Can someone indicate me a good introductory text on geometric group theory?

de la Harpe's book is quite nice and has an amazing bibliography, but it doesn't really prove any deep theorems (though it certainly discusses them!). Some other sources. 1) Bridson and Haefliger's book "Metric Spaces of NonPositive Curvature". Very easy to read and covers a lot of ground. 2) Ghys and de la Harpe's book on hyperbolic groups. Another classic, but in French. If you look around the web, you can find English translations. 3) Cannon's survey "Geometric Group Theory" in the Handbook of Geometric Topology is very nice. 4) Bowditch's survey "A course on geometric group theory" is also very nice. 5) Bridson has written two beautiful surveys entitled "NonPositive Curvature in Group Theory" and "The Geometry of the Word Problem". The latter was one of the first things I read in any depth. 6) Geoghegan's "Topological Methods in Group Theory" is very nice, with a more topological approach. 7) Mike Davis's "The Geometry and Topology of Coxeter Groups" is a bit specific, but covers a lot of important material in a nice way. 8) John Meier's book "Groups, Graphs and Trees: An Introduction to the Geometry of Infinite Groups" is wellwritten and pretty gentle. 


A classic, but perhaps not as "geometric" as contemporary sources, is Lyndon and Schupp's Combinatorial Group Theory (named after the classic Combinatorial Group Theory, by Magnus, Karrass, and Solitar). 


Pierre de la Harpe's "Topics in Geometric Group Theory" is, to be fair, the only book I know relatively well so I can't compare it to others. Anyway, I do like it  the writing style is pleasant and it gets to some nontrivial results, including a fairly complete review of the Grigorchuk group. 


What about this wonder: Peter Scott, Terry Wall, Topological methods in group theory, London Math. Soc. Lecture Note Ser., 36, Cambridge Univ. Press (1979) 137203. simply beauty and useful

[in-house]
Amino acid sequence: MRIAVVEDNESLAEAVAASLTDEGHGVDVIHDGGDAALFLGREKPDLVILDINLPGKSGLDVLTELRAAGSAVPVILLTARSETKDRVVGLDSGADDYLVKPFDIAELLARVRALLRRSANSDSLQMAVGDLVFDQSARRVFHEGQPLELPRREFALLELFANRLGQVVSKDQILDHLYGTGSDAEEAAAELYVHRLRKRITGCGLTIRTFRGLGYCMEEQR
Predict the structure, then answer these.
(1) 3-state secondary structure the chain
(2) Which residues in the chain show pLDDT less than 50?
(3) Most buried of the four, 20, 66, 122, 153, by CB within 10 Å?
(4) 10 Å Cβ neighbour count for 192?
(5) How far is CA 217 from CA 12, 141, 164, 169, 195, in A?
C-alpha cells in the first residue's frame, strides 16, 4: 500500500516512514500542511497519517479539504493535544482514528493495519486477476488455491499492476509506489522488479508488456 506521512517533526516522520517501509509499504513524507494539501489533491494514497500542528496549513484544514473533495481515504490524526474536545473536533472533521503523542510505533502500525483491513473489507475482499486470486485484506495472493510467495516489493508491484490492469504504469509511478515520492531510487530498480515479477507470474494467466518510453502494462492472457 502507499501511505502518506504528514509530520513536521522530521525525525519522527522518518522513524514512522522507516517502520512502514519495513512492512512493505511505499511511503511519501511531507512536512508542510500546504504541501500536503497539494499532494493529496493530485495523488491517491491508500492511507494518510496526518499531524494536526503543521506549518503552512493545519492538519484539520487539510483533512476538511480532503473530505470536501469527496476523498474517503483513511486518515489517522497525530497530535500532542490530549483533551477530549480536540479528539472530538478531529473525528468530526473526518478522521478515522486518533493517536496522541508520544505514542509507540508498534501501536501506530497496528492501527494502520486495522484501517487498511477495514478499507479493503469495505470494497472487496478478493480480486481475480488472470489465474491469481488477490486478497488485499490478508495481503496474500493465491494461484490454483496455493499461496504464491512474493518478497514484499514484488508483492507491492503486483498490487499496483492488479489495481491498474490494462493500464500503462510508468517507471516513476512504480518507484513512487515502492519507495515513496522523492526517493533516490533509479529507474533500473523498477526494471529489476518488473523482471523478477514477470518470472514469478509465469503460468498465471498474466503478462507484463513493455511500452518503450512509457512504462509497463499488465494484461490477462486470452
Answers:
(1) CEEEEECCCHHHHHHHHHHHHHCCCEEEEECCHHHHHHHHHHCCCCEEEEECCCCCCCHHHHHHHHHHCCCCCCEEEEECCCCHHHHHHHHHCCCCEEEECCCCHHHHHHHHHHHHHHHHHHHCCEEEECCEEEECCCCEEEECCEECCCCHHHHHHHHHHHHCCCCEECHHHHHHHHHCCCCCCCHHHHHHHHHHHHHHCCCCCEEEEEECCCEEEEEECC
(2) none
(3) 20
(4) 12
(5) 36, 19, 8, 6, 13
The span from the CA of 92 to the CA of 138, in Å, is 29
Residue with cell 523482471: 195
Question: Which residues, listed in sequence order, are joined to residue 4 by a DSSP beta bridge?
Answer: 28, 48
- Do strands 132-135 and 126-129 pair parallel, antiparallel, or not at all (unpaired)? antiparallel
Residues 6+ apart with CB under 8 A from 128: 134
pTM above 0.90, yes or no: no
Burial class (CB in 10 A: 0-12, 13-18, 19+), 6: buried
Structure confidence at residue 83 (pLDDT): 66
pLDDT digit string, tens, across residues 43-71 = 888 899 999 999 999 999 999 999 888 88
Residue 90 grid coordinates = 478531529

A book I quite like is Bogopolski's Introduction to Group Theory. It's not really an introduction (at least at undergraduate level), but it covers some things that aren't covered in the books above, particularly automorphisms of free groups and it has more BassSerre theory than anything I've read that's mentioned in the other answers. I also want to add a dissenting opinion on de la Harpe's book. I think it's quite disappointing, given that it's the first real textbook since geometric group theory went beyond combinatorial group theory. 


There is a very nice book related to the topic  "Word processing in groups" by David Epstein. It covers some stuff about the combinatorial aspects of geometric group theory, e.g. automatic groups, combable groups etc. 


My personal favorite learner (not a reference) for geometric group theory is John Stalling's notes from a course that he gave at Berkeley about a decade ago. It's terse, since they are just lecture notes, but I like his style of exposition and there are many examples to work through in the exercises, which I found helpful. 


It's not an introductory text, but if you're trying to get a feel for the area you could look at the GGT Open Problems Wiki. It's still rather incomplete and patchy; a more coherent and shorter alternative is Bestvina's Problem List. 


discrete groups by Kenichi Oshika is one of my favorites